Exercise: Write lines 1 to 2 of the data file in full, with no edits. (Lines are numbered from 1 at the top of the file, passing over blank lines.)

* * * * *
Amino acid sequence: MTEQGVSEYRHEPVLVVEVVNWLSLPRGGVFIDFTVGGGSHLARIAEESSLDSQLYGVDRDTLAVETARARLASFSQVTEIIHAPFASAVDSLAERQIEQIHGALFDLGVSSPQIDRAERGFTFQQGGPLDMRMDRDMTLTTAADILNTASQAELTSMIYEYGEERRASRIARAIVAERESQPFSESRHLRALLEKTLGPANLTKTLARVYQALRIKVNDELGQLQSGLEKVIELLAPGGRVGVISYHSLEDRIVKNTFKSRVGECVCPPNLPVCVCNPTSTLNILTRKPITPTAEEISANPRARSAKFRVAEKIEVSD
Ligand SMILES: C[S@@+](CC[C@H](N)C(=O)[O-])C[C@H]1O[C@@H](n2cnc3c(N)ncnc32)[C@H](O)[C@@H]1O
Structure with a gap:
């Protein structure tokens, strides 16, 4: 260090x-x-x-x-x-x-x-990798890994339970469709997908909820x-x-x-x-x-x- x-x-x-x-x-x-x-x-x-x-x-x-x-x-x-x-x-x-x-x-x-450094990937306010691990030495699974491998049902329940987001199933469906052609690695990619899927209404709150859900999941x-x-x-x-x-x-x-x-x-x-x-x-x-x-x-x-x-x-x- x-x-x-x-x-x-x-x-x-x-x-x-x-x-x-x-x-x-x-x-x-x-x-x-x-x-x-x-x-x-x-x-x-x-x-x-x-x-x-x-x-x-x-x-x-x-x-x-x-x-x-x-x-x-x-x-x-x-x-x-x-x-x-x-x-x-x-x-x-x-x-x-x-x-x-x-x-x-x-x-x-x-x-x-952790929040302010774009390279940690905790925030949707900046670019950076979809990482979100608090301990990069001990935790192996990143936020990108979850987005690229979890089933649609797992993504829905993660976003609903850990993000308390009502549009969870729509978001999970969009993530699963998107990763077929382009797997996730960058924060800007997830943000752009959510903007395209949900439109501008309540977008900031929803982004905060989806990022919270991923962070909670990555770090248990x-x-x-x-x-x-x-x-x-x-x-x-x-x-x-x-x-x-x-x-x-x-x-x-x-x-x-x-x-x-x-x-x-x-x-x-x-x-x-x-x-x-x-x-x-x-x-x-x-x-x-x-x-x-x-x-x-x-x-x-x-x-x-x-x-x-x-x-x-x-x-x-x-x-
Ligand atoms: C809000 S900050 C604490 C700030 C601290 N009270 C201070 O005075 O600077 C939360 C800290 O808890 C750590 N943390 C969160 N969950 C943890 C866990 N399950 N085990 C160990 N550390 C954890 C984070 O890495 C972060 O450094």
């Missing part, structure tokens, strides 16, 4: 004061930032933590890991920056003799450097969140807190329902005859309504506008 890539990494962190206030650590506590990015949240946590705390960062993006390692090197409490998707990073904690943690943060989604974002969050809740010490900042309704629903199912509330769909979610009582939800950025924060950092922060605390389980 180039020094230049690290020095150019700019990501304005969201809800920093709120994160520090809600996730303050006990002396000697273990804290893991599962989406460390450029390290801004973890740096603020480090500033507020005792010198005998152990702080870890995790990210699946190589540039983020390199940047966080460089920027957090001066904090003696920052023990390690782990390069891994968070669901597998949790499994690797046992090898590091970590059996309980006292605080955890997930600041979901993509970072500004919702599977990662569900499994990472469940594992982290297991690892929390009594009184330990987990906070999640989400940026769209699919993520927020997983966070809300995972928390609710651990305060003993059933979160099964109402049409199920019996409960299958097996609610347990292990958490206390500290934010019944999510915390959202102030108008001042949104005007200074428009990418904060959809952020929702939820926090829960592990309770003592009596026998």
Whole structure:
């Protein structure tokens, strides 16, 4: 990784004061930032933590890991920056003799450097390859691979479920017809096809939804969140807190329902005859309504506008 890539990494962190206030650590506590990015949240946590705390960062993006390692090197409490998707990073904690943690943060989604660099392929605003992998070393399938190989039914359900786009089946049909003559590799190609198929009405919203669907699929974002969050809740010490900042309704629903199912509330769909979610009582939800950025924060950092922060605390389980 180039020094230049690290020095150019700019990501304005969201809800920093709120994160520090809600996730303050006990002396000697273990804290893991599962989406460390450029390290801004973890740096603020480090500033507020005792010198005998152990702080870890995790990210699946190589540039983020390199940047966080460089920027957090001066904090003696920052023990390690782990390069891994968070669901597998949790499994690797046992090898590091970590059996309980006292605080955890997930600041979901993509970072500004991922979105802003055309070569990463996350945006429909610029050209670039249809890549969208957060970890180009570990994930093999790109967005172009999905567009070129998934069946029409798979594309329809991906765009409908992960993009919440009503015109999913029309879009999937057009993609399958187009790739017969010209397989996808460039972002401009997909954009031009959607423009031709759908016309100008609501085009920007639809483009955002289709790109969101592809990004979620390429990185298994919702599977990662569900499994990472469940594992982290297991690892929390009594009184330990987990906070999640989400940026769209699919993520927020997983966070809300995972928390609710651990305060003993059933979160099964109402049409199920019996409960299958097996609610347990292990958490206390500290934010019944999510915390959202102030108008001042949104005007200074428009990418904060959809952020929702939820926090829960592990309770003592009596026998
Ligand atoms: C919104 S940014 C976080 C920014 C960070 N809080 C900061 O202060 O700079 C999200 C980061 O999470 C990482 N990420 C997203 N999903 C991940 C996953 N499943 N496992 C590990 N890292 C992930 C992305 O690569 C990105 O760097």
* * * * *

Amino acid sequence: MTEQGVSEYRHEPVLVVEVVNWLSLPRGGVFIDFTVGGGSHLARIAEESSLDSQLYGVDRDTLAVETARARLASFSQVTEIIHAPFASAVDSLAERQIEQIHGALFDLGVSSPQIDRAERGFTFQQGGPLDMRMDRDMTLTTAADILNTASQAELTSMIYEYGEERRASRIARAIVAERESQPFSESRHLRALLEKTLGPANLTKTLARVYQALRIKVNDELGQLQSGLEKVIELLAPGGRVGVISYHSLEDRIVKNTFKSRVGECVCPPNLPVCVCNPTSTLNILTRKPITPTAEEISANPRARSAKFRVAEKIEVSD
Ligand SMILES: C[S@@+](CC[C@H](N)C(=O)[O-])C[C@H]1O[C@@H](n2cnc3c(N)ncnc32)[C@H](O)[C@@H]1O